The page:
The question only matters if God is not there; if our creator is a creator of things of integrity, our senses will work and it is only by our senses that we will see him. But if he is not there, our senses can then be called into question on a more profound level, and the question becomes "can we know anything to be true at all?" It is thus an artificial question perpetuated by the enlightenment philosophy that denies God in the first place in favor of naturalism, a question we no longer really have to answer because fewer and fewer are actually asking it. Relativism is less about a plethera of absolute truths but more about a plethora of subjective lenses with respect to a mystical truth about which we can know very little for sure. The objective observer is dead, and many are questioning if he ever existed in the first place.

The thing that bothered me the most about the grader's response was that he was obviously intent on an agenda: "proving" Christendom to be true was more about disproving the validity of the beliefs of others instead of actively seeking the reality that I believe we all experience everyday, but that our lingual systems and cultural beliefs have ill-prepared us to express in similar language. I'm not saying that everybody's beliefs are true - far from it - but I am saying that our ability to prove anything misses the point. Truth isn't simply a matter of fact, though fact is part of it. Truth is beyond fact, beyond rationality, encompassing the effects as well as the causes, intuition as well as science, belief as well as rationality, and above all, the leaps of faith we all make by simply waking up in the morning. In this view I think that reality is restored its sense of mystery and wonder, and our place in the universe is restored: seekers of truth, not knowers of fact. In this view we can begin to inhabit, rather than evaluate, our subjective relationships with the world and with the divine, and thus move beyond the artificial into the living world in which we as humans were always meant to reside.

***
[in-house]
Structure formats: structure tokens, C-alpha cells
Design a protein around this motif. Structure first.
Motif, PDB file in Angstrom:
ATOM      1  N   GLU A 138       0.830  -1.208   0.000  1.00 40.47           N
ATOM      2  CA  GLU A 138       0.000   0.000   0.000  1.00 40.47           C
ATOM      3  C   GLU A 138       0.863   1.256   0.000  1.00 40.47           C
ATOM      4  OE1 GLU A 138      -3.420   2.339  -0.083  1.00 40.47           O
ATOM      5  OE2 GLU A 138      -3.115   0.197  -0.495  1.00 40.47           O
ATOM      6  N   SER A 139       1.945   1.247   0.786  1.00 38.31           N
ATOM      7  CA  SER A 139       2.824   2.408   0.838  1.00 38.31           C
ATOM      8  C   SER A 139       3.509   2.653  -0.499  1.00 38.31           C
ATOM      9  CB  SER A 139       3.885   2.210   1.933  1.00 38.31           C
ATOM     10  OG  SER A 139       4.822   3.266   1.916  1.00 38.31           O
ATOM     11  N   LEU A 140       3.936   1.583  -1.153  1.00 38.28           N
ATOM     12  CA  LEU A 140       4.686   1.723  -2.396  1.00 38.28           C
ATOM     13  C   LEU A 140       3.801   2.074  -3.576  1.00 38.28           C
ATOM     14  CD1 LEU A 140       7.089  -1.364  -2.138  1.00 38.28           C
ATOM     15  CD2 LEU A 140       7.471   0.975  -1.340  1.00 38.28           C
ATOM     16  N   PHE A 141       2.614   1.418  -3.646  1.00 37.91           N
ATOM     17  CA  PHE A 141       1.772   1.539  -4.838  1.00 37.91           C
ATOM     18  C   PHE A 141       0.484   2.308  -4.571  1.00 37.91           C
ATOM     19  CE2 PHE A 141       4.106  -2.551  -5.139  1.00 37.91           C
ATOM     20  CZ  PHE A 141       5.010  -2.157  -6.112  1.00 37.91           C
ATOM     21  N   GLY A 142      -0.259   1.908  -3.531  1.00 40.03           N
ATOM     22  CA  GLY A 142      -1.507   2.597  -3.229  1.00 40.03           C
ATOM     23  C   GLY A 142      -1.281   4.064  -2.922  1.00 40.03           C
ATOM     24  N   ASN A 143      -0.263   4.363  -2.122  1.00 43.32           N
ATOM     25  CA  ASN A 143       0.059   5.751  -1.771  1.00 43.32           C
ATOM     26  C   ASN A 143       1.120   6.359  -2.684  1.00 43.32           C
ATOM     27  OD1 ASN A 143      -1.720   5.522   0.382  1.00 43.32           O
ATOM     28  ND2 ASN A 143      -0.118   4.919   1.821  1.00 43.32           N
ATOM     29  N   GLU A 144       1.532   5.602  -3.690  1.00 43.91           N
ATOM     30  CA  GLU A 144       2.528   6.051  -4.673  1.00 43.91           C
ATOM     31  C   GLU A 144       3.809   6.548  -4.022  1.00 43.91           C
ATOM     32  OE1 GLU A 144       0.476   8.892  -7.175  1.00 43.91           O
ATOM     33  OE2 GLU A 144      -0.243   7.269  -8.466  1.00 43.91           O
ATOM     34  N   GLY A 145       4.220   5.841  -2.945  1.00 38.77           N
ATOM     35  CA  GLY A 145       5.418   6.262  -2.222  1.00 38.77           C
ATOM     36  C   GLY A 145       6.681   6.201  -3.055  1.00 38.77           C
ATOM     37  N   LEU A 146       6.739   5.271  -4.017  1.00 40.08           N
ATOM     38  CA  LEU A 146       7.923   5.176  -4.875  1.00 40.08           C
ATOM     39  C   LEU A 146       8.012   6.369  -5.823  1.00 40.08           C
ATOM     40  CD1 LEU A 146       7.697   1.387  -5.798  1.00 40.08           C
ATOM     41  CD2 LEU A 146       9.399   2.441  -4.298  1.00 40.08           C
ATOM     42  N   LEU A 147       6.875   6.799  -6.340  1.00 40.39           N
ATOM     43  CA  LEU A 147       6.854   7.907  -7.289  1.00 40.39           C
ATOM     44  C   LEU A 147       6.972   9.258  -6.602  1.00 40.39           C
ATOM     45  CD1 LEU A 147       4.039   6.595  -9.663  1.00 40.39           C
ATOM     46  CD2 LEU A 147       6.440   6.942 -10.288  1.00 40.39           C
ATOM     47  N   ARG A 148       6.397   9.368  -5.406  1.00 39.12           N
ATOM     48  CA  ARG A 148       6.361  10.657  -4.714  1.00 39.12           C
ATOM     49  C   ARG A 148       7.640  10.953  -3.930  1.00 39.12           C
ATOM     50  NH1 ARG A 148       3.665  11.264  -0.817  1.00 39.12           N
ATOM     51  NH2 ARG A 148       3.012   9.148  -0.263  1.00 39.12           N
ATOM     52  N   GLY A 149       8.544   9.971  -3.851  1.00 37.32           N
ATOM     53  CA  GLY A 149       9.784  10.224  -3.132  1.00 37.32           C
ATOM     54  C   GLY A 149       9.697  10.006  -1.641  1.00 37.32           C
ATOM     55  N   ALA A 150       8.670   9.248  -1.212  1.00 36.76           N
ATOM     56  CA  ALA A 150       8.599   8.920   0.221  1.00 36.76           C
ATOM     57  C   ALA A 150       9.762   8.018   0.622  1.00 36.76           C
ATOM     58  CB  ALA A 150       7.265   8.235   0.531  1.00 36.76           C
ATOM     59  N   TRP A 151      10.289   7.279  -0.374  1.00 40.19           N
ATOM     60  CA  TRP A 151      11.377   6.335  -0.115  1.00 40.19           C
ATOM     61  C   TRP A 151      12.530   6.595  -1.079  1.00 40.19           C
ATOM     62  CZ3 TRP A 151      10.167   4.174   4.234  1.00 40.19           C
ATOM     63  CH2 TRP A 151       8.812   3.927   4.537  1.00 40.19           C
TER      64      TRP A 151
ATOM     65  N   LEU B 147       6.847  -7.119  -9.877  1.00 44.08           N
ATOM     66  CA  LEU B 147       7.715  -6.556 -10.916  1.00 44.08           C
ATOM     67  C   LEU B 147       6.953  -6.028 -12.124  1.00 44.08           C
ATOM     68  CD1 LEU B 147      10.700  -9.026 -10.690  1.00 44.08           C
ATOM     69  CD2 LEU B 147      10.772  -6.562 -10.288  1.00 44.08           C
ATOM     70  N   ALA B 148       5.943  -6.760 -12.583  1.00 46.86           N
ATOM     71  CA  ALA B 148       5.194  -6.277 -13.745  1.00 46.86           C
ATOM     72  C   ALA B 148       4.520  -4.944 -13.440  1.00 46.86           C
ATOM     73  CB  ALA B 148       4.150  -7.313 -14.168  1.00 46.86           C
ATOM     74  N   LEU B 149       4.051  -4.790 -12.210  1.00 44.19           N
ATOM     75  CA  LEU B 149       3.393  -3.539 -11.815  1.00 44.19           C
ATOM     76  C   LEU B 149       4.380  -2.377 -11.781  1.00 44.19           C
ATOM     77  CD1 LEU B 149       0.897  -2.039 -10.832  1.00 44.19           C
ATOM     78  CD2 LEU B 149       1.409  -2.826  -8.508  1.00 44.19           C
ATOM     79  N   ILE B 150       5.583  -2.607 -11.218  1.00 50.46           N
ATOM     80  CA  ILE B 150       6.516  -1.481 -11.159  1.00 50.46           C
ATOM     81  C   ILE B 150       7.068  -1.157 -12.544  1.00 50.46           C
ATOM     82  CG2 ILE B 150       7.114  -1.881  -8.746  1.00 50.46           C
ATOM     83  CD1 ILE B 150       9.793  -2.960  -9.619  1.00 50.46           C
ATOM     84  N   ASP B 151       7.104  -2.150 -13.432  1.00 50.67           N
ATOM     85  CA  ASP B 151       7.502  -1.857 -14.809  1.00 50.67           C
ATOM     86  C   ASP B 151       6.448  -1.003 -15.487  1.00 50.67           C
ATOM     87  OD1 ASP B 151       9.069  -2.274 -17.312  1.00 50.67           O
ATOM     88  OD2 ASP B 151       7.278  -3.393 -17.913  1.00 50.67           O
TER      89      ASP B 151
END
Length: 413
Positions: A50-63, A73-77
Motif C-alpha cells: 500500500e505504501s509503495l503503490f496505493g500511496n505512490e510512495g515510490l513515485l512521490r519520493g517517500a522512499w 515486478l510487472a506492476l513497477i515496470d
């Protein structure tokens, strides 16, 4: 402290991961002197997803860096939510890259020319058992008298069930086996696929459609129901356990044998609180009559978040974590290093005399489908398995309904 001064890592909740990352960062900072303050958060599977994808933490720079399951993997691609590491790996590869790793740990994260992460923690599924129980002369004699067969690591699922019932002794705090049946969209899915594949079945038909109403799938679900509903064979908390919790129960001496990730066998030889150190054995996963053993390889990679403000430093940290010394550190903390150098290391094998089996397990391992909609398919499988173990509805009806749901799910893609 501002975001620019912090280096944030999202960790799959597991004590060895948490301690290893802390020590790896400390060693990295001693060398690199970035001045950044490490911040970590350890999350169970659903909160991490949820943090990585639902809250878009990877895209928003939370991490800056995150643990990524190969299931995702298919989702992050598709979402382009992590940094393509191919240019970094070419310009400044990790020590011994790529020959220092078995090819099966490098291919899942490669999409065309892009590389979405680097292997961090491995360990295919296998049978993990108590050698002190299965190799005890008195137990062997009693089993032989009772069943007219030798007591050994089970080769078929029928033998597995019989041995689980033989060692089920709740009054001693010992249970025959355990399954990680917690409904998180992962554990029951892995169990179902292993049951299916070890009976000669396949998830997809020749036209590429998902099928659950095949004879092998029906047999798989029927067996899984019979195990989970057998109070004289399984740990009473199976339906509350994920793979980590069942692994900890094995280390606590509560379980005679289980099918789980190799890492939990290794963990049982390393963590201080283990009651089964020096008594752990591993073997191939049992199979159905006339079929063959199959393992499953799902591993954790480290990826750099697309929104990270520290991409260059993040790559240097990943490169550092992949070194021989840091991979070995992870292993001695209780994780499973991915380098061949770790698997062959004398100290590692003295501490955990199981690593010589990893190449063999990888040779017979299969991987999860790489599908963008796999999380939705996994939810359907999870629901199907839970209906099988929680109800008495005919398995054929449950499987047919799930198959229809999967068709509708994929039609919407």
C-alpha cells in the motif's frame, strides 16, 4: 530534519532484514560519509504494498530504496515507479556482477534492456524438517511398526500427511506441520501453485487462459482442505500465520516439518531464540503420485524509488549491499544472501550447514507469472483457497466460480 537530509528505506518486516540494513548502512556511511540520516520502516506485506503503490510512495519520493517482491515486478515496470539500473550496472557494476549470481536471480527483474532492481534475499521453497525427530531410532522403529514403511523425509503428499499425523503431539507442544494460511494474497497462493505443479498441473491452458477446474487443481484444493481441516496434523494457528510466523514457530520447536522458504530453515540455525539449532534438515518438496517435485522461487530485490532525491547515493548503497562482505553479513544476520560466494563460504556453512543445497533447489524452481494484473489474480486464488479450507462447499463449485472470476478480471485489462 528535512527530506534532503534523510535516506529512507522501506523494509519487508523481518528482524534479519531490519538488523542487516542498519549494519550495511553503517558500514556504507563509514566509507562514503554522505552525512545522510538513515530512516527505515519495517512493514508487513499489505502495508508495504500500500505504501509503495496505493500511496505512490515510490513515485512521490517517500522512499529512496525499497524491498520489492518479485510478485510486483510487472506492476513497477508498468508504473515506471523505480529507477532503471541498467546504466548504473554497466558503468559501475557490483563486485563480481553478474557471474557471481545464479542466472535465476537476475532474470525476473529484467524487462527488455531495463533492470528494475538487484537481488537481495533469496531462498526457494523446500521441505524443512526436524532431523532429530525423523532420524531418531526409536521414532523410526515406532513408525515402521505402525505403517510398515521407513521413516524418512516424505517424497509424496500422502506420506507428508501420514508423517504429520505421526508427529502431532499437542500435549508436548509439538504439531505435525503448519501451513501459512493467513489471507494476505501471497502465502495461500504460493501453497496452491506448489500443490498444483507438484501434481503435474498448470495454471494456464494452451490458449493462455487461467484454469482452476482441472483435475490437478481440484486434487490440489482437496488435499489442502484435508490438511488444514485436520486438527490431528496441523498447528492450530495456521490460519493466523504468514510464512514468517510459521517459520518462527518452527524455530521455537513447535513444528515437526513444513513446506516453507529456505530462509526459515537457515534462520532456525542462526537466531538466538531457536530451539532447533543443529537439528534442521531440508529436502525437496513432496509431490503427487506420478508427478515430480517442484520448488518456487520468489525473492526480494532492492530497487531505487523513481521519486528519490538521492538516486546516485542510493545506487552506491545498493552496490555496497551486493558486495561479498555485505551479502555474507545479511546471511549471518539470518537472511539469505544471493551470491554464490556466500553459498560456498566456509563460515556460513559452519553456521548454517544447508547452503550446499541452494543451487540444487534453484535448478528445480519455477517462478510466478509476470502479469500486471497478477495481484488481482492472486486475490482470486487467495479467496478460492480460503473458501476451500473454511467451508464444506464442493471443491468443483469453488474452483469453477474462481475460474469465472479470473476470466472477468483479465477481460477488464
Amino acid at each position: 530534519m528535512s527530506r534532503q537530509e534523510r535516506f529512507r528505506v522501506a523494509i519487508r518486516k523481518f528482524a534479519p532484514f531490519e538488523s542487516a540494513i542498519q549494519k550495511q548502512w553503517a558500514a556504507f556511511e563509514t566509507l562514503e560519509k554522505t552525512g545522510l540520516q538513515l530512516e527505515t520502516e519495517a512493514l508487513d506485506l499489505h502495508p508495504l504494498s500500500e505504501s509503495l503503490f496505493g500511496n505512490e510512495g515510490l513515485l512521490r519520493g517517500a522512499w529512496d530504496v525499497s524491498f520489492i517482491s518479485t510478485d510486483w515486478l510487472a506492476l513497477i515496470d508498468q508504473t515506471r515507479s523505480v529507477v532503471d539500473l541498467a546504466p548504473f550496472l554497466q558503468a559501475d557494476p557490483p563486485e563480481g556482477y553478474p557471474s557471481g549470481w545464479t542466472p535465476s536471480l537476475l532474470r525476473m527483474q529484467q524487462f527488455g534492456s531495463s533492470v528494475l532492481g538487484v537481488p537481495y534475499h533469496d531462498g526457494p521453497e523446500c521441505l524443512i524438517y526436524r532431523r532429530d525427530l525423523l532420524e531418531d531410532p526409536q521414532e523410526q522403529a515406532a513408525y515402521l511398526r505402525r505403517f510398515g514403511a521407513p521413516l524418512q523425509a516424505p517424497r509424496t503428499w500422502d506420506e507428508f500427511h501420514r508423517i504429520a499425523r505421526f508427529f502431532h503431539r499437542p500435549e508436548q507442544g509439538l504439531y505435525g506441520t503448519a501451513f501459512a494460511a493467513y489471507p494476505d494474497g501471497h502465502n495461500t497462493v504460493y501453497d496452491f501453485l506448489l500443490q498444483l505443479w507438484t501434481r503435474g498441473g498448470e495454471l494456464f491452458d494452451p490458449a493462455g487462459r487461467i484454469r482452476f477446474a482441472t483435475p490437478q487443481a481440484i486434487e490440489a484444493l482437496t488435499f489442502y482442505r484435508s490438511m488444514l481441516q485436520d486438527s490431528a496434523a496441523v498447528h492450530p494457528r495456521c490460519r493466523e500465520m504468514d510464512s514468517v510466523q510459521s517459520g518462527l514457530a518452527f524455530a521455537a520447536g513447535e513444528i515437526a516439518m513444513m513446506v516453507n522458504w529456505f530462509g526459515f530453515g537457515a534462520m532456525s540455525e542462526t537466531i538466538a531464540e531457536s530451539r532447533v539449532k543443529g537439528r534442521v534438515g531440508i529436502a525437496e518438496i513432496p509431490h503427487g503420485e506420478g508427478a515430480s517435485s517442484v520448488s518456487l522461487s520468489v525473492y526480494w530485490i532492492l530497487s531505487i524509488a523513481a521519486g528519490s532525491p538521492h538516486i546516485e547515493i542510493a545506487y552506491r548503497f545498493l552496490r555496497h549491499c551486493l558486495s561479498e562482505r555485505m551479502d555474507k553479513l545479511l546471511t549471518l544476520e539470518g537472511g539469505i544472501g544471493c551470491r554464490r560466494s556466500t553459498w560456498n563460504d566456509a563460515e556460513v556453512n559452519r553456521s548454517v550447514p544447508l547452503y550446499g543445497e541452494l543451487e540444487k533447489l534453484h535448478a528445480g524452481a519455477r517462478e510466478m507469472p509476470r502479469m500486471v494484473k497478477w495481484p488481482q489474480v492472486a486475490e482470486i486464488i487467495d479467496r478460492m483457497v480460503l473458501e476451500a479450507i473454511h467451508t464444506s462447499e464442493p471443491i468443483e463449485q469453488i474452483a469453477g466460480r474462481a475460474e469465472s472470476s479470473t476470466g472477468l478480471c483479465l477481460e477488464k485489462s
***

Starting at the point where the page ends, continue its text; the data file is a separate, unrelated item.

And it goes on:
May 9, 2007

But Can We Know For SURE???